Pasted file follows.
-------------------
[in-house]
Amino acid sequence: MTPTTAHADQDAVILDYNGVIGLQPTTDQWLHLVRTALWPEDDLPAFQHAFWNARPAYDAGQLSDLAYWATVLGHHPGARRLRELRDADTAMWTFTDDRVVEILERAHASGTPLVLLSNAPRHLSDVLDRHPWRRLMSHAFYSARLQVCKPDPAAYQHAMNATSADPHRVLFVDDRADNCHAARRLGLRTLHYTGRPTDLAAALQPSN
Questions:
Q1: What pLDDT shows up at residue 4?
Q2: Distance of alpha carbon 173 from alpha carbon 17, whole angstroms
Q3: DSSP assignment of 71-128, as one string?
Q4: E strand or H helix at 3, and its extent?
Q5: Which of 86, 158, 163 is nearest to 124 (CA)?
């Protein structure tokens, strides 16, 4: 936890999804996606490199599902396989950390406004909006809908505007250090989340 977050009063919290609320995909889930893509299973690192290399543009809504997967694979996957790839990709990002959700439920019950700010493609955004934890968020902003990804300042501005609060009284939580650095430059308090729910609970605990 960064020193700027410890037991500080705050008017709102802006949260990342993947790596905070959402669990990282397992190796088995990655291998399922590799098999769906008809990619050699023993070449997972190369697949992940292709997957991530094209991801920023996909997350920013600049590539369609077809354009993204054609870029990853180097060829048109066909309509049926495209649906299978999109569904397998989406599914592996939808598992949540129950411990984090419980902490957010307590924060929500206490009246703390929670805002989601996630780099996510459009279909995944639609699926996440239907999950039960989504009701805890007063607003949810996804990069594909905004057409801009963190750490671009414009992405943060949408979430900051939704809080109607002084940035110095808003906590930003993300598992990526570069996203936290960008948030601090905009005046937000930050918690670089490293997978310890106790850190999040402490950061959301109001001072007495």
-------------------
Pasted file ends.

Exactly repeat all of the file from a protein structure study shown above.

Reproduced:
[in-house]
Amino acid sequence: MTPTTAHADQDAVILDYNGVIGLQPTTDQWLHLVRTALWPEDDLPAFQHAFWNARPAYDAGQLSDLAYWATVLGHHPGARRLRELRDADTAMWTFTDDRVVEILERAHASGTPLVLLSNAPRHLSDVLDRHPWRRLMSHAFYSARLQVCKPDPAAYQHAMNATSADPHRVLFVDDRADNCHAARRLGLRTLHYTGRPTDLAAALQPSN
Questions:
Q1: What pLDDT shows up at residue 4?
Q2: Distance of alpha carbon 173 from alpha carbon 17, whole angstroms
Q3: DSSP assignment of 71-128, as one string?
Q4: E strand or H helix at 3, and its extent?
Q5: Which of 86, 158, 163 is nearest to 124 (CA)?
């Protein structure tokens, strides 16, 4: 936890999804996606490199599902396989950390406004909006809908505007250090989340 977050009063919290609320995909889930893509299973690192290399543009809504997967694979996957790839990709990002959700439920019950700010493609955004934890968020902003990804300042501005609060009284939580650095430059308090729910609970605990 960064020193700027410890037991500080705050008017709102802006949260990342993947790596905070959402669990990282397992190796088995990655291998399922590799098999769906008809990619050699023993070449997972190369697949992940292709997957991530094209991801920023996909997350920013600049590539369609077809354009993204054609870029990853180097060829048109066909309509049926495209649906299978999109569904397998989406599914592996939808598992949540129950411990984090419980902490957010307590924060929500206490009246703390929670805002989601996630780099996510459009279909995944639609699926996440239907999950039960989504009701805890007063607003949810996804990069594909905004057409801009963190750490671009414009992405943060949408979430900051939704809080109607002084940035110095808003906590930003993300598992990526570069996203936290960008948030601090905009005046937000930050918690670089490293997978310890106790850190999040402490950061959301109001001072007495």